February 1, 2014 in City

Jim Kershner’s this day in history

By The Spokesman-Review

From our archives, 100 years ago

Mother Nature, said a Sunday feature story, “gave no particular attention to the needs of future railroad builders” in Spokane.

That’s why two railroads – the Oregon-Washington Railway and Navigation Co. and the Milwaukee Road – were spending a stunning $6.7 million “for the purpose of getting into and out of Spokane.”

Both railways had to deal with “gigantic gorges and vast basalt and lava ramparts on either side.” They had gone together to build a new “union” depot at Main Avenue and Stevens Street, and were scheduled to begin using their new tracks by summer of 1914.

The work was on a truly immense scale. They had purchased dynamite “not by the box nor the ton” but by the carload.

“The two roads have been literally shot into Spokane,” the story said.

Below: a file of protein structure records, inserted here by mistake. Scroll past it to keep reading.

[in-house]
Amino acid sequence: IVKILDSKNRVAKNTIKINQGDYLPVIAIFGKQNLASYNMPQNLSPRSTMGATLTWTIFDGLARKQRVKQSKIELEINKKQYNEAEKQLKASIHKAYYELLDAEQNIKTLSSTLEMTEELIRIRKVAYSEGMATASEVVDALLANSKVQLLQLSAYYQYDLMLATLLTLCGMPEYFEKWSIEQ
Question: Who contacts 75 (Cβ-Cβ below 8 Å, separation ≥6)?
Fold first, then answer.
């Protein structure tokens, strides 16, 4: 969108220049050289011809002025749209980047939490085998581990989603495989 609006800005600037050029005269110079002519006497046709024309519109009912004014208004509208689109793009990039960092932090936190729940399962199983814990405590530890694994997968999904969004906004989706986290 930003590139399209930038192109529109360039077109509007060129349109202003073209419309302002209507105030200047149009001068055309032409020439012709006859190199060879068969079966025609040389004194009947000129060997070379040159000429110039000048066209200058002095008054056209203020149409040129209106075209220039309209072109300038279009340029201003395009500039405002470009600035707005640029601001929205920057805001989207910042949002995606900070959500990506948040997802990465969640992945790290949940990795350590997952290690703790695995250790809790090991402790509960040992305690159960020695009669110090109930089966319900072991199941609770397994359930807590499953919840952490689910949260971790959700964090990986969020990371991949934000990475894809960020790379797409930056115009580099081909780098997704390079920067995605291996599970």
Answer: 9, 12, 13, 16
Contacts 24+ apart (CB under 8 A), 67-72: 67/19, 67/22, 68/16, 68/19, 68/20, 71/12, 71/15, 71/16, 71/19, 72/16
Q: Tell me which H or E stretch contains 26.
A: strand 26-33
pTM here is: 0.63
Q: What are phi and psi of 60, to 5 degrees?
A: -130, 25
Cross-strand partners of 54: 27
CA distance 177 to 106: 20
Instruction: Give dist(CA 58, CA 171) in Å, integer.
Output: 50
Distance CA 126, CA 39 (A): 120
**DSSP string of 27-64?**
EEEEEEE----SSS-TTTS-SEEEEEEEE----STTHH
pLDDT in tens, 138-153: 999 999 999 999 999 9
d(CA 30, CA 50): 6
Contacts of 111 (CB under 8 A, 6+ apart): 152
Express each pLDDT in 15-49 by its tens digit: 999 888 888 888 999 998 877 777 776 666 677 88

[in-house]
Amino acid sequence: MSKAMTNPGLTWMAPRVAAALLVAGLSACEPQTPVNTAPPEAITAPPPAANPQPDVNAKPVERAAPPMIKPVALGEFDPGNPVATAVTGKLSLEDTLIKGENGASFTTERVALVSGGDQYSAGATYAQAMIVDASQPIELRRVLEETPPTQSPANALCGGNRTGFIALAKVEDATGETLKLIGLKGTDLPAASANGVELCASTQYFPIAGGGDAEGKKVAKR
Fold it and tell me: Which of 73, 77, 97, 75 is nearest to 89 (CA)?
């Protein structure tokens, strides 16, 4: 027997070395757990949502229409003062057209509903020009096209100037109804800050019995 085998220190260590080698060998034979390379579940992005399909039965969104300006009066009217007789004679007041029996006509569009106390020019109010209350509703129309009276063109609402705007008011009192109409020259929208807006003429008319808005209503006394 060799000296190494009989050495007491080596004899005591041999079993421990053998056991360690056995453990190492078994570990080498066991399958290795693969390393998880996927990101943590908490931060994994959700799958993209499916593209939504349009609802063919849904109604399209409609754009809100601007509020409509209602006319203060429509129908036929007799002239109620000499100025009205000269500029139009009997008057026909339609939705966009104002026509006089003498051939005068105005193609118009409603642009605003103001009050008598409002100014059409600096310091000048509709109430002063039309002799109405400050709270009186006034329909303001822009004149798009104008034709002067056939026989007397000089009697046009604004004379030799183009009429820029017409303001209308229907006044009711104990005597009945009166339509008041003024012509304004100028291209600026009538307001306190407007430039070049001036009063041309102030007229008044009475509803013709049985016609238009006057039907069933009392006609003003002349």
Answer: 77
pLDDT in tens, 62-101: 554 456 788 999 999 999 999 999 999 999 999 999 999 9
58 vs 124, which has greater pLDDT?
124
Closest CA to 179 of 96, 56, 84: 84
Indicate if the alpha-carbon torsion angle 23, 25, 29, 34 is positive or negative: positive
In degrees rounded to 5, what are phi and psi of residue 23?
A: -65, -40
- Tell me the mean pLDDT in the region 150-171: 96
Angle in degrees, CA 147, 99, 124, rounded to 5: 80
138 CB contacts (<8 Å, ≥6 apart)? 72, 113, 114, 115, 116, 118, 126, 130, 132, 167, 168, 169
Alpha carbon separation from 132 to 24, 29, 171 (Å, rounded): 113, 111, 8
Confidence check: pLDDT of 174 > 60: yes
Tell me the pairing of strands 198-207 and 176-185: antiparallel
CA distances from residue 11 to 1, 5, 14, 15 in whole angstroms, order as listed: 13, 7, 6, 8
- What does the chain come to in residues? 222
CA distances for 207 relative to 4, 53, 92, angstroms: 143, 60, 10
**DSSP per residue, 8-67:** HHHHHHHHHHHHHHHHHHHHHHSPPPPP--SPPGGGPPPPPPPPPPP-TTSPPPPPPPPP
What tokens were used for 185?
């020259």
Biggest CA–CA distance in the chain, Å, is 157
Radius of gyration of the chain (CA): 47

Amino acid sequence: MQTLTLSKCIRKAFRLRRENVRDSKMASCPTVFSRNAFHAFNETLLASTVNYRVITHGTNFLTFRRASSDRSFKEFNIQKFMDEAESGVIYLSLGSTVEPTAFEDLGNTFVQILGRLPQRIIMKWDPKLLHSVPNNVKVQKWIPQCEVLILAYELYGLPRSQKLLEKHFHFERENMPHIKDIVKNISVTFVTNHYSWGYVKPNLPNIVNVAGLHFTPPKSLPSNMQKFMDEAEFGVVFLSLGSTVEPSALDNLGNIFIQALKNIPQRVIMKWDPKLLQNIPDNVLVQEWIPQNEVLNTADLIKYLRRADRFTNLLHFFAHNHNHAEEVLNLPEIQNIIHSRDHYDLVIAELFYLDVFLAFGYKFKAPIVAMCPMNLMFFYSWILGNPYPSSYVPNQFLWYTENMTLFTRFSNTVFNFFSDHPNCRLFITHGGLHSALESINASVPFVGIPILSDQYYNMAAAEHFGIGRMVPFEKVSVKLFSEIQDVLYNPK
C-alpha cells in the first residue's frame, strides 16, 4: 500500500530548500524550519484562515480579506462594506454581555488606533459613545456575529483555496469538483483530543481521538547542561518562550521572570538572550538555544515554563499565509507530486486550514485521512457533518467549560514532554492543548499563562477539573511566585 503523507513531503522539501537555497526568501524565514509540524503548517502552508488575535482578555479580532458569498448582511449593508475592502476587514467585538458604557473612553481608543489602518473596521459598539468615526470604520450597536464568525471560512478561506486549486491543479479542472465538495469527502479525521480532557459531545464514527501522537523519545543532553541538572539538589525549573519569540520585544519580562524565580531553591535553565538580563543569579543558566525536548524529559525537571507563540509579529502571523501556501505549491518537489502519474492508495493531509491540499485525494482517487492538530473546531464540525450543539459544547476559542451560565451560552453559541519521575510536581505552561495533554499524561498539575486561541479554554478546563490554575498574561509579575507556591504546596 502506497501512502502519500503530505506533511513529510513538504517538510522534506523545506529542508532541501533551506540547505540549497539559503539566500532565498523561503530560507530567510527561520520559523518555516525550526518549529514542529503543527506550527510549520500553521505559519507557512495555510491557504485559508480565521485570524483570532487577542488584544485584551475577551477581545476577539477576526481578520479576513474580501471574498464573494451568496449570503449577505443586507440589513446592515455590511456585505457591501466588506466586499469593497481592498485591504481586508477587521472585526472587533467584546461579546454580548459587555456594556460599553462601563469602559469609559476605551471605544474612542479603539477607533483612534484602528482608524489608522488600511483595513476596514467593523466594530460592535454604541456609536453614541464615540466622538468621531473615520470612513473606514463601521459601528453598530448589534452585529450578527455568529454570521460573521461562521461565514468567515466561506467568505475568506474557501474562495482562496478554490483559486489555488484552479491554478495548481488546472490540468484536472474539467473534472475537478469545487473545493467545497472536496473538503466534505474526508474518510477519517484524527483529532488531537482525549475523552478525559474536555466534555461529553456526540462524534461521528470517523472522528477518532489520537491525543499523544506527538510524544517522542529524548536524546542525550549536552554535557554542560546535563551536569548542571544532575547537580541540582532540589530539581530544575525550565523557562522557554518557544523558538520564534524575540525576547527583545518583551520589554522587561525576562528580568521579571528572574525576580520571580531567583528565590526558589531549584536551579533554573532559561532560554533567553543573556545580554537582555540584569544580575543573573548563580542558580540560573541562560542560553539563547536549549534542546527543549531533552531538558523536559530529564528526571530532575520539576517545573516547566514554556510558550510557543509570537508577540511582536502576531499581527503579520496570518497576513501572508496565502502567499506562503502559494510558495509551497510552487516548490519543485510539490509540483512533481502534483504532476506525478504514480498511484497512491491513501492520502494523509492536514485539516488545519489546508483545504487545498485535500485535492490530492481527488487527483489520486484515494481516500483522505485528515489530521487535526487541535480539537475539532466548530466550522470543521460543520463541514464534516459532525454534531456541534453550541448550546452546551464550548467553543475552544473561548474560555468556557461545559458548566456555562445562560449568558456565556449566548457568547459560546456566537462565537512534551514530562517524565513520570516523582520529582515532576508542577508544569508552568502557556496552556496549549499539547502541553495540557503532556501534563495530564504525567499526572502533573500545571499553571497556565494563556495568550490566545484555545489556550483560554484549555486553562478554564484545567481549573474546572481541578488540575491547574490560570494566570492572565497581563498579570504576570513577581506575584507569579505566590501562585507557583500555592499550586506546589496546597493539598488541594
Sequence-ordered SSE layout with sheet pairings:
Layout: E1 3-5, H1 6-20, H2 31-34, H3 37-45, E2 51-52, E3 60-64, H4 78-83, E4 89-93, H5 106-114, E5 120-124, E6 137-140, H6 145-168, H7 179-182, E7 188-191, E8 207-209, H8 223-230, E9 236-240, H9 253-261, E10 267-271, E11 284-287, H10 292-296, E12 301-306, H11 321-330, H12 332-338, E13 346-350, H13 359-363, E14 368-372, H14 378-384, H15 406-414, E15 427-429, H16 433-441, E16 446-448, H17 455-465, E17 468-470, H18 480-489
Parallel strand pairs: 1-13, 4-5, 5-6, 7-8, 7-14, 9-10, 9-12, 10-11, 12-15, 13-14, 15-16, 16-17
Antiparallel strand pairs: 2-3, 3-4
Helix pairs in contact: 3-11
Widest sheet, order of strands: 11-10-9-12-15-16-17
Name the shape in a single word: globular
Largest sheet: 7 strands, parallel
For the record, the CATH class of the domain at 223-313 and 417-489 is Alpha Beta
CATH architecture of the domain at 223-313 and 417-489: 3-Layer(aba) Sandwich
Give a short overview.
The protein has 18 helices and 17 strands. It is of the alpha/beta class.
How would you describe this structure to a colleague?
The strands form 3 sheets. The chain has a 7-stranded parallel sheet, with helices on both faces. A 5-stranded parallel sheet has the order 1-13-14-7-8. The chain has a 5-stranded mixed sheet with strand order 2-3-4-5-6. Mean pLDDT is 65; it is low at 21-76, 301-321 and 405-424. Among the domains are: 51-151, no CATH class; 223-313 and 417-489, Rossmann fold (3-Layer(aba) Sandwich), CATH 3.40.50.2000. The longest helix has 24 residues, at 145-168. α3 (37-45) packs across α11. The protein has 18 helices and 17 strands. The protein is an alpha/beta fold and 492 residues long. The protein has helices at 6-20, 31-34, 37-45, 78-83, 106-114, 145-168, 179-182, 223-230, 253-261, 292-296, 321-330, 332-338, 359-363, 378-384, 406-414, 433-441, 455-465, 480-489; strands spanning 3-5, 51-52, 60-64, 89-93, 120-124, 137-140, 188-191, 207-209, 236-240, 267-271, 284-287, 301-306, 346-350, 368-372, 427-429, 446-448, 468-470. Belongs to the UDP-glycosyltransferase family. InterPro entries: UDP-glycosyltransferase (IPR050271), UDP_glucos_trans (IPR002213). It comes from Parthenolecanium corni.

When the railroads didn’t have to cut through solid rock, they had to venture out “into thin air” by bringing massive amounts of fill, tons of steel girders and huge quantities of concrete. In one spot, west of the Monroe Street Bridge, 1.25 million cubic yards of dirt were being brought in.

A reporter on the scene noted that “small avalanches of boulders” were constantly bounding down the hill, causing him to nervously calculate “what effect 1,000 pounds of seemingly indiscriminate stone will have on various ounces of brain and skull.”

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